Check this out – one of the best summaries I have ever read about the how and why of No Contact.
FYI – some well-meaning therapists may interpret your fastidiousness about “No Contact” as unhealthy “avoidant behaviour”. They may or may not be correct, and keep in mind I am NOT a mental health professional, but I suggest doing the following:
– Ask yourself, “Am I instituting ‘No Contact’ frequently? Is this my primary means of dealing with conflict or emotionally charged relational situations?” If it is, you may have some unresolved emotional issues (particularly from past abuse that you may not yet recognize as such – anything from emotional abandonment by your parents to being bullied in school to intimate relationships with manipulative individuals). This is totally okay – sometimes No Contact, at least temporarily, is good in situations with “normal” people, because it gives you the emotional space to get your own shit together, to process your emotions away from ongoing interpersonal pressures, and to spend time taking care of yourself and your needs. But if No Contact is your go-to, one-size-fits-all tactic, a good therapist can help you take the steps to incorporate more healthy strategies in dealing with difficult situations. Think of this as getting more tools for your toolbox – so you have more and better options available to you for any number of situations that may arise, tools that indeed, can include No Contact when necessary.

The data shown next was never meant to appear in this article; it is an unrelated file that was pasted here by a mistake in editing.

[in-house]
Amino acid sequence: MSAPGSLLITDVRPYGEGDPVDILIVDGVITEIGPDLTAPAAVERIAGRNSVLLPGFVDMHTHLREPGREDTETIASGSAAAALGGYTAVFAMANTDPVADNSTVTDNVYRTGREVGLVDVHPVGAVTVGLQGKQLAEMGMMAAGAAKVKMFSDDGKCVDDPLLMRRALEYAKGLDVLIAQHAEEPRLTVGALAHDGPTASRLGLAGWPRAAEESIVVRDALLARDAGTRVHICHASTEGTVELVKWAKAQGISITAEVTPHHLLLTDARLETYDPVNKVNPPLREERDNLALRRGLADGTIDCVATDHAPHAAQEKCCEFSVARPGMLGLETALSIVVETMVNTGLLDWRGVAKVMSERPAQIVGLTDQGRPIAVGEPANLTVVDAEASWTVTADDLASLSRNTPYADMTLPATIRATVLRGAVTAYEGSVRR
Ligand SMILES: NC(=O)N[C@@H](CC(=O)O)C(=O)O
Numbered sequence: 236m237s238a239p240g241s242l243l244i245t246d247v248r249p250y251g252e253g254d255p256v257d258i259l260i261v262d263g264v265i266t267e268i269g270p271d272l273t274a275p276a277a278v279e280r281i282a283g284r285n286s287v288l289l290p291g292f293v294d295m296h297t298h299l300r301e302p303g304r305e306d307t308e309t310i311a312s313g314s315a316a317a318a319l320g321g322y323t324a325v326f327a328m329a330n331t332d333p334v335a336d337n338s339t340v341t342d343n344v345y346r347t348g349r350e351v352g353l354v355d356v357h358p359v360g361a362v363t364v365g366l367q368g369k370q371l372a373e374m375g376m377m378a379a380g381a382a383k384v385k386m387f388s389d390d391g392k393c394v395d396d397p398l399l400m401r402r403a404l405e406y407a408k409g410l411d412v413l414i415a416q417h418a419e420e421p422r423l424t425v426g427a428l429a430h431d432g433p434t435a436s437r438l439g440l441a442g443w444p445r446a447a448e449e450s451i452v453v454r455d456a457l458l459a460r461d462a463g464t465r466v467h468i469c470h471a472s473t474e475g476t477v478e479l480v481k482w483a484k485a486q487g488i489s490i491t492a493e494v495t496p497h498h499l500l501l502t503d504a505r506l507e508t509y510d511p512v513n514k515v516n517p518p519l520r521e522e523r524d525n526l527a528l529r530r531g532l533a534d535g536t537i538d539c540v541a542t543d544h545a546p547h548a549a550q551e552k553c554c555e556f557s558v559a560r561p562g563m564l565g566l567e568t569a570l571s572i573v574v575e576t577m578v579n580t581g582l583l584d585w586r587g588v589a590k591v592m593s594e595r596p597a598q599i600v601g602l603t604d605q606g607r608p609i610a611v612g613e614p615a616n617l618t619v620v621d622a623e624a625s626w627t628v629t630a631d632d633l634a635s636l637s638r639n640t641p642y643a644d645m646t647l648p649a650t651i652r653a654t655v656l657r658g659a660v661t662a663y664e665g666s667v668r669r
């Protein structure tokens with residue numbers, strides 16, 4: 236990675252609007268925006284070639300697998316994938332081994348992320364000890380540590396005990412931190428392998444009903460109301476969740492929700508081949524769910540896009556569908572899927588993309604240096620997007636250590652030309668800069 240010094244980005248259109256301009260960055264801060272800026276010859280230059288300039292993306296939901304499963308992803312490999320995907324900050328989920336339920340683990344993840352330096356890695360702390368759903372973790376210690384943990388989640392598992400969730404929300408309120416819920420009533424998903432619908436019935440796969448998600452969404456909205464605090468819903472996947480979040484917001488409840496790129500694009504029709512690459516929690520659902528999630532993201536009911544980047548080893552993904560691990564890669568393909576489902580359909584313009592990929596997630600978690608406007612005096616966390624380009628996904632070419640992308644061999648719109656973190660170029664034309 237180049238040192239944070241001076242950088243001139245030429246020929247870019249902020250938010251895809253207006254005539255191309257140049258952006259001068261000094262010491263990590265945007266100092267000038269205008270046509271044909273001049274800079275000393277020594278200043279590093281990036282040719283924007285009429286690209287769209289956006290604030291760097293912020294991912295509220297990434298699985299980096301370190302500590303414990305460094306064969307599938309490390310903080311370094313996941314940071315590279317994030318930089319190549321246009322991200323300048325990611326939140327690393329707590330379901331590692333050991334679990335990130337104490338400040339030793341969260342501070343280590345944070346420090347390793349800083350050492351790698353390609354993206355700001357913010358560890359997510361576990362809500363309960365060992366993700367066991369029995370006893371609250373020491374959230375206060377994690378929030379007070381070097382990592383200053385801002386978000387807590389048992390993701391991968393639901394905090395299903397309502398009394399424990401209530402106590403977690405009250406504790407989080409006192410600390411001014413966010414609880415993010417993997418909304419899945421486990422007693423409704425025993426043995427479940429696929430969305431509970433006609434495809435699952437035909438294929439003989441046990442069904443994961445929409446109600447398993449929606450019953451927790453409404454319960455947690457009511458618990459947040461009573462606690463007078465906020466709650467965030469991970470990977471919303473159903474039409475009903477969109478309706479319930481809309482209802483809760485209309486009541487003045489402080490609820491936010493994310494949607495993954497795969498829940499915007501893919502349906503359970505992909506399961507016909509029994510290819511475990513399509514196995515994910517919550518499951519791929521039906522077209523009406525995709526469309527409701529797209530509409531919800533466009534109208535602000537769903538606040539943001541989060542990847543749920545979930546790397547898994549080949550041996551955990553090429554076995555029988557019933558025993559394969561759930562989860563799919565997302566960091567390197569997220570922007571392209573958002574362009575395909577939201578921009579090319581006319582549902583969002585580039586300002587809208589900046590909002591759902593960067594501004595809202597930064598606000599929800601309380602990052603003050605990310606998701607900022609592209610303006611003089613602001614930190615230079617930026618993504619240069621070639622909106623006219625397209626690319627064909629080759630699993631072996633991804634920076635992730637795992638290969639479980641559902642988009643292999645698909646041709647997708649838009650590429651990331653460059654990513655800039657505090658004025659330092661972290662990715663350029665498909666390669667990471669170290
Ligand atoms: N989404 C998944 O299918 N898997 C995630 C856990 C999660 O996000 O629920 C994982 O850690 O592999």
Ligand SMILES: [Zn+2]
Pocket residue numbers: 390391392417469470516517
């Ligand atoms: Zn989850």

– Document, as objectively as possible, incidents involving the person you have chosen to go No Contact with, preferably as close to the time of the incident(s) as possible. Try to leave your emotions out of it, and stick to dates, times, what was said, any witnesses present, what behaviours occurred. Save (but do not obsessively re-read) emails, texts, Facebook comments, etc. from the person you have gone No Contact with. Some may disagree with this idea, but my experience around it is that data and documentation – the “facts” that led you to decide to go No Contact – are important in supporting YOURSELF in the face of outside pressure to break No Contact, because often there were no witnesses when you were abused. Seeing data and documentation helps you to better see the behavioural patterns of the N/P, so you can also recognize it in future relationships earlier. And, if ever you need to pursue legal action involving your N/P, documentation will be crucial to you supporting your position.
“Those who cannot remember the past are condemned to repeat it.” ~ George Santayana